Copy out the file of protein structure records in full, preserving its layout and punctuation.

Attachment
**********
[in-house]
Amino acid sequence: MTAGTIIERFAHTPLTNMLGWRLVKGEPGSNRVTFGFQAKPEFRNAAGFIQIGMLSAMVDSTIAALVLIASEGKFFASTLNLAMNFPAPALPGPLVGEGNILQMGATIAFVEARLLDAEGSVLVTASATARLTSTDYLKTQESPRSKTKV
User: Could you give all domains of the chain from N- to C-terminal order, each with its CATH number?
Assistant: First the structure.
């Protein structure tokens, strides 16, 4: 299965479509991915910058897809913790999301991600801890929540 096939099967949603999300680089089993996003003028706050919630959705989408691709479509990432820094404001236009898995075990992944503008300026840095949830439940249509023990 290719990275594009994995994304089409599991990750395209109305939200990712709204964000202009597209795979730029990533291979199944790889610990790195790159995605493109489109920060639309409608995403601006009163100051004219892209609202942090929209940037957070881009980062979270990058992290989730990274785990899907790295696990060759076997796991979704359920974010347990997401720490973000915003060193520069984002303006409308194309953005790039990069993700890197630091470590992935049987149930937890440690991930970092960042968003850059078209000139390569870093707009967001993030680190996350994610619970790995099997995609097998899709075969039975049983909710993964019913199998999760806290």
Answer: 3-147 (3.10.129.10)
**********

[in-house]
Amino acid sequence: MTAGTIIERFAHTPLTNMLGWRLVKGEPGSNRVTFGFQAKPEFRNAAGFIQIGMLSAMVDSTIAALVLIASEGKFFASTLNLAMNFPAPALPGPLVGEGNILQMGATIAFVEARLLDAEGSVLVTASATARLTSTDYLKTQESPRSKTKV
User: Could you give all domains of the chain from N- to C-terminal order, each with its CATH number?
Assistant: First the structure.
């Protein structure tokens, strides 16, 4: 299965479509991915910058897809913790999301991600801890929540 096939099967949603999300680089089993996003003028706050919630959705989408691709479509990432820094404001236009898995075990992944503008300026840095949830439940249509023990 290719990275594009994995994304089409599991990750395209109305939200990712709204964000202009597209795979730029990533291979199944790889610990790195790159995605493109489109920060639309409608995403601006009163100051004219892209609202942090929209940037957070881009980062979270990058992290989730990274785990899907790295696990060759076997796991979704359920974010347990997401720490973000915003060193520069984002303006409308194309953005790039990069993700890197630091470590992935049987149930937890440690991930970092960042968003850059078209000139390569870093707009967001993030680190996350994610619970790995099997995609097998899709075969039975049983909710993964019913199998999760806290």
Answer: 3-147 (3.10.129.10)